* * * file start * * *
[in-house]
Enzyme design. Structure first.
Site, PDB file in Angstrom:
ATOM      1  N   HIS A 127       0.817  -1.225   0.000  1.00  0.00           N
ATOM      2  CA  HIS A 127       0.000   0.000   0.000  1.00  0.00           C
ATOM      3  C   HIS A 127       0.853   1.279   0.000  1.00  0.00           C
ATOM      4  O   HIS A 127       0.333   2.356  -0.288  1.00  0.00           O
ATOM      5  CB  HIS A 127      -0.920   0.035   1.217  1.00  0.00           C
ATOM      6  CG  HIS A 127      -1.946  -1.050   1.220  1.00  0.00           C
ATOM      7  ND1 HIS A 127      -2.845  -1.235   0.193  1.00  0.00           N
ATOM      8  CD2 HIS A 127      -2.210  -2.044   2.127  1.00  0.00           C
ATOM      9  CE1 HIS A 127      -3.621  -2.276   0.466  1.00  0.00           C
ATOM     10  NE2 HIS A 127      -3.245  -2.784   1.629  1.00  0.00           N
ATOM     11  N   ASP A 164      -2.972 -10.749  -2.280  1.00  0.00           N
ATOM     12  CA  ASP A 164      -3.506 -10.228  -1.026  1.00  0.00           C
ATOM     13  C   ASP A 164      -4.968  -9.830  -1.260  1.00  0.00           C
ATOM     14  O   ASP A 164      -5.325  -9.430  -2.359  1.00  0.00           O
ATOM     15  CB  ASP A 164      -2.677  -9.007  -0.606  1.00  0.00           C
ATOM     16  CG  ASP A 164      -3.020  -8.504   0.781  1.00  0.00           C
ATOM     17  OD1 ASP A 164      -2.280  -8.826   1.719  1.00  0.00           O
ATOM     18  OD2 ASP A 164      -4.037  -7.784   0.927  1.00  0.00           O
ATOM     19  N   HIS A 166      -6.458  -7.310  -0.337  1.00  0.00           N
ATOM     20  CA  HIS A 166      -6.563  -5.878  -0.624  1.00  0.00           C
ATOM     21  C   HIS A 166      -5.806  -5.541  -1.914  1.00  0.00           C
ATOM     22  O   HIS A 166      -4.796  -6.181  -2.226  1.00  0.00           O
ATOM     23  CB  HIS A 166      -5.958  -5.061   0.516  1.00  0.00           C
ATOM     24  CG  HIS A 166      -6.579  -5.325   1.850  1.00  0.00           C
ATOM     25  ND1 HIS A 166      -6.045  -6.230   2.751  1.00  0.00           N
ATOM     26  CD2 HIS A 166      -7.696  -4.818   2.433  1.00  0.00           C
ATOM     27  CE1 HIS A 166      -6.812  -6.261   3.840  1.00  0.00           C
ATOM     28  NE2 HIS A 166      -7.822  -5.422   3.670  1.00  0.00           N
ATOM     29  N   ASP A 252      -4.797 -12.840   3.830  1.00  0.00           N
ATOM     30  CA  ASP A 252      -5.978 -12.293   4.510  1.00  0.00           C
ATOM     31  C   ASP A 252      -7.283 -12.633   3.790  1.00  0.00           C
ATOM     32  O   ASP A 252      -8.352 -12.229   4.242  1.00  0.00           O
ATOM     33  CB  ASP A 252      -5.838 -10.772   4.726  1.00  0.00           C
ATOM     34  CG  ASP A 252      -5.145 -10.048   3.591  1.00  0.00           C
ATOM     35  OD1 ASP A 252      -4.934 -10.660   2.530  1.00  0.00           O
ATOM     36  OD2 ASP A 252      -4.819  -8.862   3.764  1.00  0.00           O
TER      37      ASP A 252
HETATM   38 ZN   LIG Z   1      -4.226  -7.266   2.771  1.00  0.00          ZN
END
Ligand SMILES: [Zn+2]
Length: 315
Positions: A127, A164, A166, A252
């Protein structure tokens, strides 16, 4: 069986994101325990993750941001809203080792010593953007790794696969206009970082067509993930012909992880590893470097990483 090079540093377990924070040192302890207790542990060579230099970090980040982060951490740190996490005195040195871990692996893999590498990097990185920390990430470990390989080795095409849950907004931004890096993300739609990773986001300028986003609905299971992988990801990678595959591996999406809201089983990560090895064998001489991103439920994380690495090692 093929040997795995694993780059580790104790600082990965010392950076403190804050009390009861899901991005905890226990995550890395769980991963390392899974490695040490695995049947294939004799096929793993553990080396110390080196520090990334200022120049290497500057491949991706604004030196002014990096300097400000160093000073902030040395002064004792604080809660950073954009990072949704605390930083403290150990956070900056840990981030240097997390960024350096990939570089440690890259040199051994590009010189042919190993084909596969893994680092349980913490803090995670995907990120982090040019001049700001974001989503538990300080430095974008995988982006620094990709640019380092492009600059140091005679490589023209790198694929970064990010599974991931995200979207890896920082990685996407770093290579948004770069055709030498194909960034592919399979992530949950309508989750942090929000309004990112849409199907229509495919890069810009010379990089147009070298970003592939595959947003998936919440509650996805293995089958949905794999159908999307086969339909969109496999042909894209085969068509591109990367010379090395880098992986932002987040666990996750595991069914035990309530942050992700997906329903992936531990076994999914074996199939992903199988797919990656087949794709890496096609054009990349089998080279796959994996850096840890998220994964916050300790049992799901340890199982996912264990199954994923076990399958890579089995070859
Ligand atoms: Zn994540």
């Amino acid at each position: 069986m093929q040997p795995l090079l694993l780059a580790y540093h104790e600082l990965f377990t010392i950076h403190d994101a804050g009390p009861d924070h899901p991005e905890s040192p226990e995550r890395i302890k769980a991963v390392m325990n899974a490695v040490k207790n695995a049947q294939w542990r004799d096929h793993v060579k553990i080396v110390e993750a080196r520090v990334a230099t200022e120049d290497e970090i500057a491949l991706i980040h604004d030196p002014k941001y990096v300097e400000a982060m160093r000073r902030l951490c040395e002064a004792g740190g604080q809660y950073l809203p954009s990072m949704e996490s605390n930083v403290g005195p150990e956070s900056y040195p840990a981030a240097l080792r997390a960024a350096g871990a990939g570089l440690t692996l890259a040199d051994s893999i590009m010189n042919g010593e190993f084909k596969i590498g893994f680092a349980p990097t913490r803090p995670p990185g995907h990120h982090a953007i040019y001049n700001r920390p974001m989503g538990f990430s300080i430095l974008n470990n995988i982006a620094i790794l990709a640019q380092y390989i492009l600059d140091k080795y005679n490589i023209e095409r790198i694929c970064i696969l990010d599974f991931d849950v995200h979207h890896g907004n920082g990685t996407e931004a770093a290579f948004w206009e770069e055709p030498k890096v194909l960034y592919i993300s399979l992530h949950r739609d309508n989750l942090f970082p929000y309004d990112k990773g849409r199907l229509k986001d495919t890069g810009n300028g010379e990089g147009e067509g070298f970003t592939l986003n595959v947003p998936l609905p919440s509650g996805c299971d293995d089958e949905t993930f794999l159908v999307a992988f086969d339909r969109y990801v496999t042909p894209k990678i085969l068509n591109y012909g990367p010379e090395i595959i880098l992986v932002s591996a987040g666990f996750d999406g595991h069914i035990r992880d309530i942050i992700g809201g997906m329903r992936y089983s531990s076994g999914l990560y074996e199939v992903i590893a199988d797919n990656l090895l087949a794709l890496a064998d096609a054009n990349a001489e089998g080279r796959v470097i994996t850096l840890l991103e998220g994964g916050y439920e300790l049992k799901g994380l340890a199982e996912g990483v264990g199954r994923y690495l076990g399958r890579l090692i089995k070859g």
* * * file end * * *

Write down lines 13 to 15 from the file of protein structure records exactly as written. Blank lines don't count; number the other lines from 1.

ATOM     10  NE2 HIS A 127      -3.245  -2.784   1.629  1.00  0.00           N
ATOM     11  N   ASP A 164      -2.972 -10.749  -2.280  1.00  0.00           N
ATOM     12  CA  ASP A 164      -3.506 -10.228  -1.026  1.00  0.00           C